When I was young, I wanted desperately a Samantha doll from the American Girls collection. I saved up for her, and relatives sent me money for her at birthdays and Christmas. Then, I decided that if I was going to have the doll, I wanted all her stuff (over a thousand dollars worth), so I kept saving. Then, I decided that having the money was pretty great, too, and I never got the doll. Possibly some day I will still get Samantha...if I can get Nintendo 64 for nostalgia, a doll is not out of the question.
Today, I was perusing the American Girl catalog. They still have the historical dolls I remember, and the prices are pretty much the same. Much of the stuff has gone away, now that they have a lot more dolls, both historical and otherwise. They've had to balance the stuff with the variety of dolls. One of the cool things back in the day was that they had dresses you could wear to look like your Kirsten doll, or your Samantha doll. I always wanted Kirsten's prairie dresses and Samantha's birthday dress. Mostly they only have the nighties now, and other, less historical wear if you want to match your AG doll. But, oh lordy, have they added stuff. There are more historical dolls, for sure, but also dolls that look like you. They have one that looks like me, with light skin, brown hair, and blue eyes, but they also have a doll that has (get ready for it) light skin with freckles, blue eyes, and brown hair with HIGHLIGHTS! Highlights? Are you kidding? Sun-bleaching, natural style, I can understand, but these look dyed in. Are there eleven-year-old girls out there with dyed-in highlights? Why?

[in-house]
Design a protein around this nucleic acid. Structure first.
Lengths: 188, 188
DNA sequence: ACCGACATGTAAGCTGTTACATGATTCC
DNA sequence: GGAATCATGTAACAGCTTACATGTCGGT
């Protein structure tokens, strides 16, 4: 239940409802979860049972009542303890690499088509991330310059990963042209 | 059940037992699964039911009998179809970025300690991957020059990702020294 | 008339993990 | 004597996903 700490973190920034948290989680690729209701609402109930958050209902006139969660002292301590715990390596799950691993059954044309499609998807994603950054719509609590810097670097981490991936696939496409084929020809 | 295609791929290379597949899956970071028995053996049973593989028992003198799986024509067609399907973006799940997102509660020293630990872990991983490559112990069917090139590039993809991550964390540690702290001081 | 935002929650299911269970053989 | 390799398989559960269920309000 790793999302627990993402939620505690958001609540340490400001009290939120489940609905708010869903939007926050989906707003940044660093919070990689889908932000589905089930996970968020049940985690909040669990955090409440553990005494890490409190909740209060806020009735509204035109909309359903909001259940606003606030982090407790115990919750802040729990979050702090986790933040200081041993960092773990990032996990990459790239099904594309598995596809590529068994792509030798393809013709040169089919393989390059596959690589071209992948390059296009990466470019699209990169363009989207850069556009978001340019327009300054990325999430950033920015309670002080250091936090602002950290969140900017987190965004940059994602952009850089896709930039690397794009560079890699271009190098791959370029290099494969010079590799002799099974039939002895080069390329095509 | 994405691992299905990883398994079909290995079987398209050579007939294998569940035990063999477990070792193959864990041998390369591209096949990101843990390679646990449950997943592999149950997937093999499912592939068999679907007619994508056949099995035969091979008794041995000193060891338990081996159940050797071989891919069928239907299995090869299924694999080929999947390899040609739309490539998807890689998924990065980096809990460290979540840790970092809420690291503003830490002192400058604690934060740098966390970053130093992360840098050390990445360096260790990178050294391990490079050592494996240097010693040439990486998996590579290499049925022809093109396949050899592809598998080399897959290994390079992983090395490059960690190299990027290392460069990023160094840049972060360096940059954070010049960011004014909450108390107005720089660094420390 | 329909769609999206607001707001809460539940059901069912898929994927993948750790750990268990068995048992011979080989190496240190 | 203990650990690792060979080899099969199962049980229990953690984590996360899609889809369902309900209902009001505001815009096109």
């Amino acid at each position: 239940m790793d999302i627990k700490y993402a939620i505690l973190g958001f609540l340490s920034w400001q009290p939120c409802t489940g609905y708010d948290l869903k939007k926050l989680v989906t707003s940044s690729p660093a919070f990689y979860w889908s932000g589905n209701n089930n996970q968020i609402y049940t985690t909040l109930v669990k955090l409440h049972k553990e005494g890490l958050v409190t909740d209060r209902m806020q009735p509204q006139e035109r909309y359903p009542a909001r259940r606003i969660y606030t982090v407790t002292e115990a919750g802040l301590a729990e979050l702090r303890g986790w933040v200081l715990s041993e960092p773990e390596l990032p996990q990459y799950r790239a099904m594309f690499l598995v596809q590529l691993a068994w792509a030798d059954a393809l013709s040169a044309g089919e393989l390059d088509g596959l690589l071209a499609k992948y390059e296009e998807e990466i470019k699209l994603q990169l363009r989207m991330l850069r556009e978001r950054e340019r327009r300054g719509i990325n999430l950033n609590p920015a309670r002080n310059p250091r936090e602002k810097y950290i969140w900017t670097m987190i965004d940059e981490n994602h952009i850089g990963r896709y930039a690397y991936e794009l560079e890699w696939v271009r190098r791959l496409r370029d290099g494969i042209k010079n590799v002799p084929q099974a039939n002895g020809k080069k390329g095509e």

Not only that, but the pure abundance of whatnot you can get for your doll is crazy...Irish, African, or Native American dance costumes, ice skates, soccer uniforms, a whole schoolroom, canopy beds, three different horses, a brocade ballgown, fake lunch money (5 dollars! where do you go to school, American Girl?)...I thought it was pretty great when they had an accessory set for each historical doll for each book they wrote about her. Now, they've replaced that with hair salons and sleepover gear. I feel overwhelmed, but I also wonder about the state of imagination for kids today. I remember making caps and tents for My Little Ponies out of wallpaper samples and milk caps, thanks to my sister's craftiness. Do kids *make* stuff anymore? Certainly, this American Girl stuff is pretty amazing, but I have to ponder how much is too much.